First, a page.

I don’t consider myself a top competitor… but “top” competitor, maybe… only in the sense that I’m a bit top heavy.
I think the general answer depends on what kind of tournament you’re preparing for. If you’re about to participate in a traditional PAPA format (RIP) tournament, it’s important to be able to achieve a moderate benchmark score… doesn’t have to be the greatest score ever, but has to be good enough for midrange points on your ticket. For a best-score format, you need to throw caution to the wind and set up huge scoring opportunities… that might be a big multiball stack, or a quick path to a wizard mode, etc. On the other end of the spectrum is match-play, which is much more dynamic… depending on what other players do and what player number you are, you might need to plan on small safe points, or huge go-for-broke setups.
When I’m getting myself geared up for tournaments, I’ll generally practice by setting score goals for myself on different machines, both for a game and for a ball. For example: Addams Family: 150M on a game… go. 50M on a single ball… go. Vary the goals until you feel you have a sense of how to achieve them with a high probability of success. Sometimes (often) the required approach is rather boring, because it’s safe… in competition, safe is good.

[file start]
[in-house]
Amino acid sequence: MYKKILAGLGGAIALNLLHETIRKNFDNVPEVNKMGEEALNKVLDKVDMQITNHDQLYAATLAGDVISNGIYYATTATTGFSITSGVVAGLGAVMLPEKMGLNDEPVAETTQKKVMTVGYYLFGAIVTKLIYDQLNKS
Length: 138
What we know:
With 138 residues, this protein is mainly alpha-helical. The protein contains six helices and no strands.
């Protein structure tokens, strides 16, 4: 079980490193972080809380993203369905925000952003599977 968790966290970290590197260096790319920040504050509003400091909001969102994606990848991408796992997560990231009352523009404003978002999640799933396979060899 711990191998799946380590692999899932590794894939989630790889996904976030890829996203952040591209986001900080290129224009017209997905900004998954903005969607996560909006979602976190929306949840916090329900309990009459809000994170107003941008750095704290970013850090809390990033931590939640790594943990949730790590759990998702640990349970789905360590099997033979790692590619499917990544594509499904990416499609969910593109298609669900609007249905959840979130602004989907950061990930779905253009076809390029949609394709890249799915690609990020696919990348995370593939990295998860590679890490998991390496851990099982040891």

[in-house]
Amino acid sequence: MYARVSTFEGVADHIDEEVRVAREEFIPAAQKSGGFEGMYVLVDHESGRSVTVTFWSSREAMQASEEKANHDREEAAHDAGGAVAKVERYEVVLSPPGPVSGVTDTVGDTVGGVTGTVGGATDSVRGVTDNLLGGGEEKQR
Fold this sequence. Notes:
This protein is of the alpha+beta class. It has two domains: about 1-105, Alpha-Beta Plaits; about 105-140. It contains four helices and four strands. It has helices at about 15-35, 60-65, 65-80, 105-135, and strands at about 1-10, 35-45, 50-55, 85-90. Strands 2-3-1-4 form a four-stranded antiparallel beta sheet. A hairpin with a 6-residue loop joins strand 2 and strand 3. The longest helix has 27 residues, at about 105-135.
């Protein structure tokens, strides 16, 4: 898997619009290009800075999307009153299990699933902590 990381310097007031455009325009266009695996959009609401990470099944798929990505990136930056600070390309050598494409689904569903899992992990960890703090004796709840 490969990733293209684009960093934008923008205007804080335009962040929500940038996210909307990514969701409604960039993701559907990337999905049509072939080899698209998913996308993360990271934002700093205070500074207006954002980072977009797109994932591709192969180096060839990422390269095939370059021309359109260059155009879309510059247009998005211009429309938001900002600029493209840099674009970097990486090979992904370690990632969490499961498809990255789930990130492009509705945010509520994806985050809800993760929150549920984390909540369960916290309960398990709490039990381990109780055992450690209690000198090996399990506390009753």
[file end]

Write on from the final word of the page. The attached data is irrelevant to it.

Match play is especially interesting because you have to respond to changing situations on the fly. Say you’re the last player of a 4 player group on ball 3 and need 20M to clinch one point, what do you do? Once you make that threshold, now you might need 50M to clinch the next point, what do you do? etc etc etc…
Practicing general techniques is always valuable. Knowing how to drop-catch, live-catch, post-pass, etc can only help you… those skills translate well to many games, especially of the solid-state and later eras. I wouldn’t worry as much about practicing specific shots on specific games… being able to shoot the Lock shot on your home AFM with nearly 100% reliability is nice for pumping up the score against your family, but isn’t really that helpful for playing at tournaments, because the AFM at the tournament is pretty much guaranteed to have different leveling, different flipper strength, possibly other weird conditions (different flipper rubbers? fatter post rubbers on the target shot? etc) … in fact, in tournament situations where I have choice of game, I’ll often intentionally avoid games that I own, because the tourney game is pretty likely to “behave” differently from my home game, and it takes me extra effort to un-learn the geometry of my home game that I’m very accustomed to.
None of this is easy, but that’s a big part of the fun!